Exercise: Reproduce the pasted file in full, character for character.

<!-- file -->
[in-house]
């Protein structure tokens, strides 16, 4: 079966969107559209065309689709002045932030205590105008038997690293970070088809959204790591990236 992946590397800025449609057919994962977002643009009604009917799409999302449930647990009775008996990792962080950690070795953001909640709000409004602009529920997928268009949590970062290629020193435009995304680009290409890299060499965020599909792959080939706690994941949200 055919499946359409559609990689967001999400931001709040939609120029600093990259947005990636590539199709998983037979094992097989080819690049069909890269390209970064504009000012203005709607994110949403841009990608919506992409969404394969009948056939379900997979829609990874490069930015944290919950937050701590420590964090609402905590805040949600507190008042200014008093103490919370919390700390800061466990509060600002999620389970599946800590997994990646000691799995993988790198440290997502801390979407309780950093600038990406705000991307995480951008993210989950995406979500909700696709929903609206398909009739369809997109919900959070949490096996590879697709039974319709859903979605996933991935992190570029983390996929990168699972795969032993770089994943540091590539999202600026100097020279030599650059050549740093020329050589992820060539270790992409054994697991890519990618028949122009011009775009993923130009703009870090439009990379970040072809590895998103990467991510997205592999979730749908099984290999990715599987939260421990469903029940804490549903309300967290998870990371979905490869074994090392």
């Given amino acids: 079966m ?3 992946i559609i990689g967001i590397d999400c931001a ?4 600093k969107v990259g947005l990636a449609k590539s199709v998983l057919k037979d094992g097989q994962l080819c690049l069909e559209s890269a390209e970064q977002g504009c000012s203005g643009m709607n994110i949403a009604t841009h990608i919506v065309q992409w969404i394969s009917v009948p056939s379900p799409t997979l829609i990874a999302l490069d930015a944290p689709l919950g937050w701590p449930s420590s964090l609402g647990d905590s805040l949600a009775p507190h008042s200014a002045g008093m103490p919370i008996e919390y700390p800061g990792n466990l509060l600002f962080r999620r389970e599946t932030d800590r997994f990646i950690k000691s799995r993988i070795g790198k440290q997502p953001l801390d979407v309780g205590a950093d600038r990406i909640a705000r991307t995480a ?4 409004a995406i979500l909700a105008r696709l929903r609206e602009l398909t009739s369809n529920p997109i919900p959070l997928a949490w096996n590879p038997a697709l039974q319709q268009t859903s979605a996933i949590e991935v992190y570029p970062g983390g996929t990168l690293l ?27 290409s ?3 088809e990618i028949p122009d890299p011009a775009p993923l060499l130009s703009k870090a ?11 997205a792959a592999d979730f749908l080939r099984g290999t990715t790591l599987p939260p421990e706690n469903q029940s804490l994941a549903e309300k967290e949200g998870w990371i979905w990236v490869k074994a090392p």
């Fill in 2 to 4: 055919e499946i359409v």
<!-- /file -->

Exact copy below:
[in-house]
């Protein structure tokens, strides 16, 4: 079966969107559209065309689709002045932030205590105008038997690293970070088809959204790591990236 992946590397800025449609057919994962977002643009009604009917799409999302449930647990009775008996990792962080950690070795953001909640709000409004602009529920997928268009949590970062290629020193435009995304680009290409890299060499965020599909792959080939706690994941949200 055919499946359409559609990689967001999400931001709040939609120029600093990259947005990636590539199709998983037979094992097989080819690049069909890269390209970064504009000012203005709607994110949403841009990608919506992409969404394969009948056939379900997979829609990874490069930015944290919950937050701590420590964090609402905590805040949600507190008042200014008093103490919370919390700390800061466990509060600002999620389970599946800590997994990646000691799995993988790198440290997502801390979407309780950093600038990406705000991307995480951008993210989950995406979500909700696709929903609206398909009739369809997109919900959070949490096996590879697709039974319709859903979605996933991935992190570029983390996929990168699972795969032993770089994943540091590539999202600026100097020279030599650059050549740093020329050589992820060539270790992409054994697991890519990618028949122009011009775009993923130009703009870090439009990379970040072809590895998103990467991510997205592999979730749908099984290999990715599987939260421990469903029940804490549903309300967290998870990371979905490869074994090392």
């Given amino acids: 079966m ?3 992946i559609i990689g967001i590397d999400c931001a ?4 600093k969107v990259g947005l990636a449609k590539s199709v998983l057919k037979d094992g097989q994962l080819c690049l069909e559209s890269a390209e970064q977002g504009c000012s203005g643009m709607n994110i949403a009604t841009h990608i919506v065309q992409w969404i394969s009917v009948p056939s379900p799409t997979l829609i990874a999302l490069d930015a944290p689709l919950g937050w701590p449930s420590s964090l609402g647990d905590s805040l949600a009775p507190h008042s200014a002045g008093m103490p919370i008996e919390y700390p800061g990792n466990l509060l600002f962080r999620r389970e599946t932030d800590r997994f990646i950690k000691s799995r993988i070795g790198k440290q997502p953001l801390d979407v309780g205590a950093d600038r990406i909640a705000r991307t995480a ?4 409004a995406i979500l909700a105008r696709l929903r609206e602009l398909t009739s369809n529920p997109i919900p959070l997928a949490w096996n590879p038997a697709l039974q319709q268009t859903s979605a996933i949590e991935v992190y570029p970062g983390g996929t990168l690293l ?27 290409s ?3 088809e990618i028949p122009d890299p011009a775009p993923l060499l130009s703009k870090a ?11 997205a792959a592999d979730f749908l080939r099984g290999t990715t790591l599987p939260p421990e706690n469903q029940s804490l994941a549903e309300k967290e949200g998870w990371i979905w990236v490869k074994a090392p």
């Fill in 2 to 4: 055919e499946i359409v």